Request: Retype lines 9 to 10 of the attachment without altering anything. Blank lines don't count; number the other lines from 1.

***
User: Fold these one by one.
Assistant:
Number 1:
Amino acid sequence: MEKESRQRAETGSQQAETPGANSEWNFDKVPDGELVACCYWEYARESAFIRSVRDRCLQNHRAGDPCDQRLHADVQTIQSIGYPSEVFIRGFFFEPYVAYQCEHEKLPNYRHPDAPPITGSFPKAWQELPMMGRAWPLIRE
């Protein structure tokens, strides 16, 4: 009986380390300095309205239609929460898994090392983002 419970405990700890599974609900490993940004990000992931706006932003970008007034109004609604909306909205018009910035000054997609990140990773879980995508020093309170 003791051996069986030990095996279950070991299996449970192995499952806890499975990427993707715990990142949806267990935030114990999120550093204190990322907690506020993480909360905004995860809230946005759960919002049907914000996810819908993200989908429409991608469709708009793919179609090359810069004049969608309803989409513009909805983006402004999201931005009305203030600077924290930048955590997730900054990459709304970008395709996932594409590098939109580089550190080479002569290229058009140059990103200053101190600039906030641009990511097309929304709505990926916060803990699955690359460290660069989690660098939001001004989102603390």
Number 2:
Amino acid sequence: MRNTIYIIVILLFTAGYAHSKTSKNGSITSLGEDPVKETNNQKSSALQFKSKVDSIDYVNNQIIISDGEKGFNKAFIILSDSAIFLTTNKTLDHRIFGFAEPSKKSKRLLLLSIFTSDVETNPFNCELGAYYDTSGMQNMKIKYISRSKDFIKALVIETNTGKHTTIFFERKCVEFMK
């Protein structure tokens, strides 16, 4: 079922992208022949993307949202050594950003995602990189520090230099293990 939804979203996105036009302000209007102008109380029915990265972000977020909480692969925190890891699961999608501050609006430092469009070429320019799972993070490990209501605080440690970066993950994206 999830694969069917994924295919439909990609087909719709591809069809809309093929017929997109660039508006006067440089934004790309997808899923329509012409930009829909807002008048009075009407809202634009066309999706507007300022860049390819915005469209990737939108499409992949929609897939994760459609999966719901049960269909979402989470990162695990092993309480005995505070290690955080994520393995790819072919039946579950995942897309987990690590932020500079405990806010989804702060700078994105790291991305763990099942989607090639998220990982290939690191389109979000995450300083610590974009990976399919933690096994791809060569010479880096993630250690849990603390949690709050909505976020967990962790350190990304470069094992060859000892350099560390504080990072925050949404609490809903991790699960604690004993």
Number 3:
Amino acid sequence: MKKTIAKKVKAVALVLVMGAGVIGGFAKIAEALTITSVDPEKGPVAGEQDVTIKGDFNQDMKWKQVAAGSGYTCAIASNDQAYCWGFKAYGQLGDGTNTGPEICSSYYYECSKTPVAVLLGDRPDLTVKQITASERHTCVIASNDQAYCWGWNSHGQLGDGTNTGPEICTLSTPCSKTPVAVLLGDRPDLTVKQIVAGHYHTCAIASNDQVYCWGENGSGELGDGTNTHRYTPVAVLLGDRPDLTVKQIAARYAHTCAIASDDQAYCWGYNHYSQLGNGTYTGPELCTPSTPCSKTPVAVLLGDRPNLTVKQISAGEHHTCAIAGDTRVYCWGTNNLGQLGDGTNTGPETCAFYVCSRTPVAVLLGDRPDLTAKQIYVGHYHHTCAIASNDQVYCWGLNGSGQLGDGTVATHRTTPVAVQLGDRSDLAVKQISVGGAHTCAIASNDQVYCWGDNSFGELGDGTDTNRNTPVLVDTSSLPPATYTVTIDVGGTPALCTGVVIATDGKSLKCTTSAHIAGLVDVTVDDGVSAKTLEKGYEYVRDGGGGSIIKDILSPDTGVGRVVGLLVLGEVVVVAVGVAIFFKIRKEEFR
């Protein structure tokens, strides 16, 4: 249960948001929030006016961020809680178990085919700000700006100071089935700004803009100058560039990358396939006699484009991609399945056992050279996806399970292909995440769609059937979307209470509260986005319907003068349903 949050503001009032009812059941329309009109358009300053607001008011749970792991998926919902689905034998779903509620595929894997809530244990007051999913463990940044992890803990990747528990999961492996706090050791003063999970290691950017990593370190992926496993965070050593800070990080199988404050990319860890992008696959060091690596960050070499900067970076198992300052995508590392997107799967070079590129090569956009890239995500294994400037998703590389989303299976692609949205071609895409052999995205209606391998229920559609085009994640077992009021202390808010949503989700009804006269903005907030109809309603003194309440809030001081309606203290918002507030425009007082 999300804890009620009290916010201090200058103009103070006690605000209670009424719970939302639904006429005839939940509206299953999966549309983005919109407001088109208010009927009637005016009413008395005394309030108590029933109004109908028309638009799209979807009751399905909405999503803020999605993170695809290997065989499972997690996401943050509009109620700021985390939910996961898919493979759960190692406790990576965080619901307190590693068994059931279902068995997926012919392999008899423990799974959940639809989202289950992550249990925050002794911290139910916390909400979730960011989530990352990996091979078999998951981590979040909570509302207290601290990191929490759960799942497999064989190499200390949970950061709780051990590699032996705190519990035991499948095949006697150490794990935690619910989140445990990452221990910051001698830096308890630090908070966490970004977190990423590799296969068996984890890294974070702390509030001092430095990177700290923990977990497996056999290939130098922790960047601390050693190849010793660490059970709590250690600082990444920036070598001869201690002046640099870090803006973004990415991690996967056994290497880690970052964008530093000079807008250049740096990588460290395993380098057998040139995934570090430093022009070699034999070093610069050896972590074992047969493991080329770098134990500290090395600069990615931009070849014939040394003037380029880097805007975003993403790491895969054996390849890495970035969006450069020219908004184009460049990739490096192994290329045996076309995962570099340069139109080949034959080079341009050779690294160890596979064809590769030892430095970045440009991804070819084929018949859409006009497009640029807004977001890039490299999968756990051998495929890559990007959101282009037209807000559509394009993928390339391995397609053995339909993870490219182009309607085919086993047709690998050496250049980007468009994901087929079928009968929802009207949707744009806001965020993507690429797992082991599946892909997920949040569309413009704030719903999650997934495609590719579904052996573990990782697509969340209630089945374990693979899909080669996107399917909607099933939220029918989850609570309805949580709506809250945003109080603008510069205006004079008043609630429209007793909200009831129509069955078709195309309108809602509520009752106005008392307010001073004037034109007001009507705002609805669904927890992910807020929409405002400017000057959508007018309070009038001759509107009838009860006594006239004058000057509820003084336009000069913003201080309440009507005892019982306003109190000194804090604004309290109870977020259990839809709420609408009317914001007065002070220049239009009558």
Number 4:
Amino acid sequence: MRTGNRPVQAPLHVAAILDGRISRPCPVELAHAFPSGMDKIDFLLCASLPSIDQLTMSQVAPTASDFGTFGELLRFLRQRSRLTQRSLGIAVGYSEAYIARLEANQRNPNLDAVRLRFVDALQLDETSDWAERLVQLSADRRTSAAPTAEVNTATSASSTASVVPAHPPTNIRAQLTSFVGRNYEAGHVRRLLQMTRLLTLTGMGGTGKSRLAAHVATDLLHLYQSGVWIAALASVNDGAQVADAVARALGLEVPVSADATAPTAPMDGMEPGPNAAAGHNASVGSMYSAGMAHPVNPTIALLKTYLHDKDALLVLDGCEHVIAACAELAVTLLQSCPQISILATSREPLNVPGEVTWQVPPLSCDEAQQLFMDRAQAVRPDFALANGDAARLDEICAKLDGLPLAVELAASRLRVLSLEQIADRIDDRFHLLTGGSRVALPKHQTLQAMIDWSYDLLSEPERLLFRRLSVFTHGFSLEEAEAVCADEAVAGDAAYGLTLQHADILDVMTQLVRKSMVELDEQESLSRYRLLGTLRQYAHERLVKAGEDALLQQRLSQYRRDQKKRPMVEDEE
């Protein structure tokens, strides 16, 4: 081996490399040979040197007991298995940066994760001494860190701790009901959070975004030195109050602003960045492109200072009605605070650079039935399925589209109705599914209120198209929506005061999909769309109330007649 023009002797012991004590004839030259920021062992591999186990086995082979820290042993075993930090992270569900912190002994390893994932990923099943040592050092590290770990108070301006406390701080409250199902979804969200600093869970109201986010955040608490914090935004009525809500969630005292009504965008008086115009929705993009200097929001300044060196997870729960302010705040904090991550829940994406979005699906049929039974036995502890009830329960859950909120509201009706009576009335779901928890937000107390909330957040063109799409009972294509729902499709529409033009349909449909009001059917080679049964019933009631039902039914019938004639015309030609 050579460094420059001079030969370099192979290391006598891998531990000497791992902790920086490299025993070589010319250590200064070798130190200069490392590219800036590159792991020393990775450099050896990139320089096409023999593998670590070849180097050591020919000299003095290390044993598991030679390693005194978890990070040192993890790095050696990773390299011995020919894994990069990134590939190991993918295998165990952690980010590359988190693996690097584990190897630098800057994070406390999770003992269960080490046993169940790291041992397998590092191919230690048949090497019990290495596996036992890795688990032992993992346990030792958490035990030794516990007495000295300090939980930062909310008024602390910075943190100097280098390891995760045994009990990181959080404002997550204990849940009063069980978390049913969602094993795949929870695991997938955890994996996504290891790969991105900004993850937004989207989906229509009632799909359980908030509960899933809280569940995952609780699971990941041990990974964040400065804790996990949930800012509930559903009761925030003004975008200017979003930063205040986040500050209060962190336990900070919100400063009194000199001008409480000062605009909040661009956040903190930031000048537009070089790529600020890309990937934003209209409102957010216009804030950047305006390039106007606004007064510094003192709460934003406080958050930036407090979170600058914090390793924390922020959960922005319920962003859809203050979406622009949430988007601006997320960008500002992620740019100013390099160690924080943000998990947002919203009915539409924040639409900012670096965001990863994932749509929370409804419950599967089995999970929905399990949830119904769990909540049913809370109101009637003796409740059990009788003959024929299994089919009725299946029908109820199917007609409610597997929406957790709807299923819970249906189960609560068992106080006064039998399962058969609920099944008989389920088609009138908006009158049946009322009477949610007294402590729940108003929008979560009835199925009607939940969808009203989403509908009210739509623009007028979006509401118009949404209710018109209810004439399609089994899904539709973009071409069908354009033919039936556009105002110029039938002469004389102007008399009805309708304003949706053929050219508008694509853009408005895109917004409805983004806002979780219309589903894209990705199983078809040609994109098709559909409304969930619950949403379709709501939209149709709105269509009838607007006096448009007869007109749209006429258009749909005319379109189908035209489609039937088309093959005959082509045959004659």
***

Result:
Number 3:
Amino acid sequence: MKKTIAKKVKAVALVLVMGAGVIGGFAKIAEALTITSVDPEKGPVAGEQDVTIKGDFNQDMKWKQVAAGSGYTCAIASNDQAYCWGFKAYGQLGDGTNTGPEICSSYYYECSKTPVAVLLGDRPDLTVKQITASERHTCVIASNDQAYCWGWNSHGQLGDGTNTGPEICTLSTPCSKTPVAVLLGDRPDLTVKQIVAGHYHTCAIASNDQVYCWGENGSGELGDGTNTHRYTPVAVLLGDRPDLTVKQIAARYAHTCAIASDDQAYCWGYNHYSQLGNGTYTGPELCTPSTPCSKTPVAVLLGDRPNLTVKQISAGEHHTCAIAGDTRVYCWGTNNLGQLGDGTNTGPETCAFYVCSRTPVAVLLGDRPDLTAKQIYVGHYHHTCAIASNDQVYCWGLNGSGQLGDGTVATHRTTPVAVQLGDRSDLAVKQISVGGAHTCAIASNDQVYCWGDNSFGELGDGTDTNRNTPVLVDTSSLPPATYTVTIDVGGTPALCTGVVIATDGKSLKCTTSAHIAGLVDVTVDDGVSAKTLEKGYEYVRDGGGGSIIKDILSPDTGVGRVVGLLVLGEVVVVAVGVAIFFKIRKEEFR